Organic Food Organizations

Many people champion for organic foods.
Many people champion for organic foods.

It is common to find organic food organizations that also have close ties to environmental causes. While some people advocate organic food for the health benefits, many point to the environmental benefits behind the production of organic food.

List of Organic Food Organizations

While some organic food organizations have open membership and can be joined by anyone, other organizations do not have open enrollment and instead function as an advisory group.

Here is a list of some organizations that advocate the use of organic foods:

  • CCOF: The California Certified Organic Farmer has been in existence since the mid-1970s. It was originally formed by a group of organic farmers but is open to anyone to join. Joining this group is not the same as obtaining a CCOF certification, as this is a different process altogether.
  • EWG: The Environmental Working Group supports all environmental causes, including organic agriculture and removing all toxins from foods. This organization conducts experiments and is aggressive in exposing unhealthy foods or unhealthy environmental issues. This group offers shopping guides that assist shoppers in buying organic foods. EWG does not have open enrollment, as this group is comprised of professionals seeking to expose unhealthy issues, but they do accept donations from the public.
  • The Organic Center: This organization was created by professionals working within the organic food industry. The mission of this group is to present accurate and reliable scientific data to the media and other sources with regards to the many benefits of organic food. Donors to this group obtain membership under the title of "Friend of The Organic Center."
  • OCA: The Organic Consumers Association represents consumers within the United States who choose organic foods over foods produced using conventional methods. There is also a Canadian chapter of this organization. Membership is open, and this organization also actively recruits volunteers to assist with various campaigns.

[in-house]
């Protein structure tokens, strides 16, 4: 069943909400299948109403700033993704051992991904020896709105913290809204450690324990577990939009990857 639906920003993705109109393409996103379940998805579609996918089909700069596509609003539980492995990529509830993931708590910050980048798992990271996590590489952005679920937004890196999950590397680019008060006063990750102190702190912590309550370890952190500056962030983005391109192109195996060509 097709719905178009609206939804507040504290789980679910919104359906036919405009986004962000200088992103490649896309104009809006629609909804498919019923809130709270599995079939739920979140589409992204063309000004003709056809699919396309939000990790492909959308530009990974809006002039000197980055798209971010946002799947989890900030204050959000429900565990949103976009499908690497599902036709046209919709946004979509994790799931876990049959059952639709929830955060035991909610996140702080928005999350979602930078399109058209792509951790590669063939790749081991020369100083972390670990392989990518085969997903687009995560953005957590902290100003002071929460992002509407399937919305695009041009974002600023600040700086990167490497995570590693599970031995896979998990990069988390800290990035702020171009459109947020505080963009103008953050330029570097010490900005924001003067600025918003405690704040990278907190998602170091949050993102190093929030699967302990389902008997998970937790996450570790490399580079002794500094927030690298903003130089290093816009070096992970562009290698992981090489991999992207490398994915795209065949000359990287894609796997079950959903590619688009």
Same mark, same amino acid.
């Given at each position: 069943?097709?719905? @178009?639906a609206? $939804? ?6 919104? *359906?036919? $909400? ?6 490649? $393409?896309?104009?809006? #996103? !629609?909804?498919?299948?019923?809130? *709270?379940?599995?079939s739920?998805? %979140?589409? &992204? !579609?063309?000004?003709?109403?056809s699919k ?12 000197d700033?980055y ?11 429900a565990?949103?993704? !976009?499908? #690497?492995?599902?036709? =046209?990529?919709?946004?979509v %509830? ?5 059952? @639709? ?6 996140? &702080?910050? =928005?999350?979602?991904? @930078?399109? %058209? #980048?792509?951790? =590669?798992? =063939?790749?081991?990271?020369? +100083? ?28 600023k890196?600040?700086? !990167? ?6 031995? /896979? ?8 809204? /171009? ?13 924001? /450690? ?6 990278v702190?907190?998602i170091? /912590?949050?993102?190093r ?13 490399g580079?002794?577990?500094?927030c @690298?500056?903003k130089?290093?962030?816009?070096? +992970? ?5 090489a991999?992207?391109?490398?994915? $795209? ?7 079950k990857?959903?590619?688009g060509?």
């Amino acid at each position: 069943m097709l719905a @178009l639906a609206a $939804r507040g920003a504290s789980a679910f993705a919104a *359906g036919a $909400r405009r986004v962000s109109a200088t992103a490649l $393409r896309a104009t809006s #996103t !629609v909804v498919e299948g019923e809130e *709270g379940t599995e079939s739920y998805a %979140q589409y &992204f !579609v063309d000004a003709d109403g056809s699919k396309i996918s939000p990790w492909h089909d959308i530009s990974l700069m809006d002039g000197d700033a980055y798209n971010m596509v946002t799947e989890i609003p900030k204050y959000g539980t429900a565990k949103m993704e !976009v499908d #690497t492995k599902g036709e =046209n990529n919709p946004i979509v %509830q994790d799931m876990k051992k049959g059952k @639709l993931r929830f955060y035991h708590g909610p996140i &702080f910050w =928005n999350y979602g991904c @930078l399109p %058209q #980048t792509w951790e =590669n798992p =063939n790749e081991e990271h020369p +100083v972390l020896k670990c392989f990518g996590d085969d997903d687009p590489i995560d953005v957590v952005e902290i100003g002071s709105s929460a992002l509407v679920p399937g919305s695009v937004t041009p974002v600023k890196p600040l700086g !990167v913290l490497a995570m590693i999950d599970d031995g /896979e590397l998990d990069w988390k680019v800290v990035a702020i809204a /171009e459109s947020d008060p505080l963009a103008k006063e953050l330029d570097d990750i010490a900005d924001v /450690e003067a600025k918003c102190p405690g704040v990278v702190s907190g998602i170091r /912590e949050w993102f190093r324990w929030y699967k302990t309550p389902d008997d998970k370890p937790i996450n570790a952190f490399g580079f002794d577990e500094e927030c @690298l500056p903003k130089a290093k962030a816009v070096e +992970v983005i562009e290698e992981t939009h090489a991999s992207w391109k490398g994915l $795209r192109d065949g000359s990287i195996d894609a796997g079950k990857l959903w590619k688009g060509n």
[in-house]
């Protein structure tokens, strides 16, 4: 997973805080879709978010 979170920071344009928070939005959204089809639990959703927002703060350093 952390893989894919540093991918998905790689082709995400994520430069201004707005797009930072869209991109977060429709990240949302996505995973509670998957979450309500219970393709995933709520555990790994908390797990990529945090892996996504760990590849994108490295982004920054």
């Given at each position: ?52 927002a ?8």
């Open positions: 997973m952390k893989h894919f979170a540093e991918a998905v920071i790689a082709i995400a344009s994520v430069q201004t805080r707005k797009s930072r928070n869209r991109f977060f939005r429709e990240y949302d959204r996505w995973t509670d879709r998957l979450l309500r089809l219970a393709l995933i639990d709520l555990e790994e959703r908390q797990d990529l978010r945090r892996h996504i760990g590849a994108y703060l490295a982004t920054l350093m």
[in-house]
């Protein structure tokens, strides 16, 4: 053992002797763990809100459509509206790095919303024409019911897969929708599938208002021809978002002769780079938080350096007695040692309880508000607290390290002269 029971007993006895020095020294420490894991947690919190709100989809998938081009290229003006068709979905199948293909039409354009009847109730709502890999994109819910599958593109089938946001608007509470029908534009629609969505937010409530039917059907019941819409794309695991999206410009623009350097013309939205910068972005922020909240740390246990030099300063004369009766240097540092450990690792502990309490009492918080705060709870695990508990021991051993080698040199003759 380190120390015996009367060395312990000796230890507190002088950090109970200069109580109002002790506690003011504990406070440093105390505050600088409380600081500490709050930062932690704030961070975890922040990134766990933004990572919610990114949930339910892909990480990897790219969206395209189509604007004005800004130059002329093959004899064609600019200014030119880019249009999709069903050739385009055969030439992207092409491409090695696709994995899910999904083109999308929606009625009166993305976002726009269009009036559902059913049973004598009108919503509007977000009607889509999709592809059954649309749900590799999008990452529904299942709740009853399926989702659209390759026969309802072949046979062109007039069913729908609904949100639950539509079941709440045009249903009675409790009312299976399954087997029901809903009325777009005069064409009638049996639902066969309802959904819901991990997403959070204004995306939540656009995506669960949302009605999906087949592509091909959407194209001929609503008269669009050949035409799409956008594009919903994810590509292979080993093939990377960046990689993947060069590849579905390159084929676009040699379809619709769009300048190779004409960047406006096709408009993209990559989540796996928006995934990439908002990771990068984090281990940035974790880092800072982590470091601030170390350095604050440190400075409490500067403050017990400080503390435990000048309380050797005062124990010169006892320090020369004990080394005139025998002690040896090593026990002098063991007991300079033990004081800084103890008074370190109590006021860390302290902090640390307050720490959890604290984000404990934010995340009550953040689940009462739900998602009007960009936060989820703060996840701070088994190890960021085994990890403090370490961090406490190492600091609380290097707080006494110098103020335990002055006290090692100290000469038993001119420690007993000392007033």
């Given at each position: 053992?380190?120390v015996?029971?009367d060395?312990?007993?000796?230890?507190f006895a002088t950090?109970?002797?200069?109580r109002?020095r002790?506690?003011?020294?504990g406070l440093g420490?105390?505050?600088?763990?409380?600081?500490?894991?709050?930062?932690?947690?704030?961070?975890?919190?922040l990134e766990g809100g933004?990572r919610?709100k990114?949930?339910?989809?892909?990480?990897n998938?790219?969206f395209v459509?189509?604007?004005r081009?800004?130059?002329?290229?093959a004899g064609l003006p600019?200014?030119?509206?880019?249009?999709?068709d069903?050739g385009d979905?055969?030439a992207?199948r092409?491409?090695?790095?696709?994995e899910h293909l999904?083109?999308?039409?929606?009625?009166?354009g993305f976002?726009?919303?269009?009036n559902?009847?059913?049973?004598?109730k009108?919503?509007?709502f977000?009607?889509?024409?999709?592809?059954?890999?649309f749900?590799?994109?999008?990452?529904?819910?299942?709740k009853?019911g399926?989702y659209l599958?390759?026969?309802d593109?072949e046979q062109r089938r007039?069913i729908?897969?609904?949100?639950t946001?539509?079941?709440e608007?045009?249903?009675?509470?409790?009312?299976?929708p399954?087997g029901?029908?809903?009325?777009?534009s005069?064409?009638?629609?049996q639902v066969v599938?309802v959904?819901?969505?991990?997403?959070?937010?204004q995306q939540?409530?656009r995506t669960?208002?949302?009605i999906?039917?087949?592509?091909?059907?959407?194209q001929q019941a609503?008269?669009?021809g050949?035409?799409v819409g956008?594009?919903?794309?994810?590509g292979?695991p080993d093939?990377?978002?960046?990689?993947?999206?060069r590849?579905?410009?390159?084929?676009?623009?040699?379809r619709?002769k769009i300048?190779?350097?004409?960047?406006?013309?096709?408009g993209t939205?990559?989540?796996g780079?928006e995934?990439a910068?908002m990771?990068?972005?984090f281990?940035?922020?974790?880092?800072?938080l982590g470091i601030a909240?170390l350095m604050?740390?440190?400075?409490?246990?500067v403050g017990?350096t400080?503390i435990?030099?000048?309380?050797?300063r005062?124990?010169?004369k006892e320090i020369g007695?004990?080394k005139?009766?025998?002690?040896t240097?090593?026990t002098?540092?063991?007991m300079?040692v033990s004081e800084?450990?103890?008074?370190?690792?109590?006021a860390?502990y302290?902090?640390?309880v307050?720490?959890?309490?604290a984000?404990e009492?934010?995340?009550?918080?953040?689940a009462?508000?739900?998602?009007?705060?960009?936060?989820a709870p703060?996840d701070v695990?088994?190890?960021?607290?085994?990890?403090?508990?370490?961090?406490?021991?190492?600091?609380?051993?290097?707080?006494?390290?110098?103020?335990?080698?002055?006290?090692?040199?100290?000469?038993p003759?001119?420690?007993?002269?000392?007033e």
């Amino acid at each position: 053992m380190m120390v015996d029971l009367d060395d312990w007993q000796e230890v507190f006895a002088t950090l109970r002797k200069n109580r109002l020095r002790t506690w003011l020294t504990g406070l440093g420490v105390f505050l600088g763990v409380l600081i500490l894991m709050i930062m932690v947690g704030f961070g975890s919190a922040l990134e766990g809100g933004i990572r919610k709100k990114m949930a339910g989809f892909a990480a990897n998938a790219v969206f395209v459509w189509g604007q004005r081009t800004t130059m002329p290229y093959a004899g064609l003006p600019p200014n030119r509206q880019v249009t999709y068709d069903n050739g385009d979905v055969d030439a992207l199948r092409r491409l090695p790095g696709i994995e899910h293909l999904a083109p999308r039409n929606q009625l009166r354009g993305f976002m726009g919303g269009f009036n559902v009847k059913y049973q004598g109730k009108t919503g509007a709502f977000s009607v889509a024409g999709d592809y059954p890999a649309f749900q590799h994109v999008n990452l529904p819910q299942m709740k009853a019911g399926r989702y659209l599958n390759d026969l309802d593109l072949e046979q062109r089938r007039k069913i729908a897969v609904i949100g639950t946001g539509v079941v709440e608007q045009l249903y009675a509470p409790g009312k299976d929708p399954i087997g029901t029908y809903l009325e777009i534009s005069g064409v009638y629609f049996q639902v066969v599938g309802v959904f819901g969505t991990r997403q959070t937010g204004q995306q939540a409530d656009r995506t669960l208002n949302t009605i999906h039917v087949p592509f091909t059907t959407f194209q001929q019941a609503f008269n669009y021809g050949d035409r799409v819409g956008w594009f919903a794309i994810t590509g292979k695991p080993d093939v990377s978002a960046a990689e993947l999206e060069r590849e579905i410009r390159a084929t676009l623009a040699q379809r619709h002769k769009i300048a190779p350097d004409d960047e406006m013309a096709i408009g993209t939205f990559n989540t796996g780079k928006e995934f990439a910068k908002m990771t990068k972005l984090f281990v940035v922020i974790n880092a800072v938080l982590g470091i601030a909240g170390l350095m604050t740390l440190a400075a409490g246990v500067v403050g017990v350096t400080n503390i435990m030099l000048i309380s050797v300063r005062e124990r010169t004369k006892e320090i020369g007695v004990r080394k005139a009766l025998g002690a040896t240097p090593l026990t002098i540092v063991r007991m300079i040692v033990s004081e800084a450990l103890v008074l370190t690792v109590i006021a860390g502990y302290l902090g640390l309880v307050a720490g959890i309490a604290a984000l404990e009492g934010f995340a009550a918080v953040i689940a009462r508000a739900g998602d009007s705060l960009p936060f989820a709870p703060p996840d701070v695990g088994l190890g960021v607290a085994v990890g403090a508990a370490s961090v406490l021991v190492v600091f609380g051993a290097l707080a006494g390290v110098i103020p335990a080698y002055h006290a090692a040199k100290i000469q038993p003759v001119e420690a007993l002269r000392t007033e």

• OTA: The Organic Trade Association is comprised of businesses and merchants who advocate organic foods. To join this group, prospective members must sign a Code of Ethics and pay a membership fee based on their annual revenues.
  • IFOAM: The International Federation of Organic Agriculture Movements is an international organization that promotes organic food trade around the globe. Membership in this group is attained by joining an associated group, such as The Organic Trade Association, as the IFOAM is an umbrella group that unites hundreds of organic food organizations together.

This is certainly not an exhaustive list of organizations that promote organic food usage. Local organizations exist in a variety of locations, and many groups exist that may not have organic foods as the primary focus, but which do indeed delve into this topic on a regular basis.

Join a Group

Membership into an organic food organization depends on the rules and regulations set forth by each group. While some groups will accept a new member with no additional requirements, some organizations require a fee for membership and may also require a certain level of involvement or advocacy.

It is a good idea to do some research on a group before joining. These groups will commonly have more than one agenda, so don't join a group that you do not have full agreement with on their stances. To find out more about the mission statement of individual groups, or to find out what monetary obligation is involved with membership, contact the organization you have an interest in joining to find out more information.

Additionally, if the group you want to join is classified as a non-profit organization, you can check a source like Charity Navigator to make sure the organization is in good standing and does not have any complaints lodged against them. You may also want to check with the Better Business Bureau.

Organic Food Organizations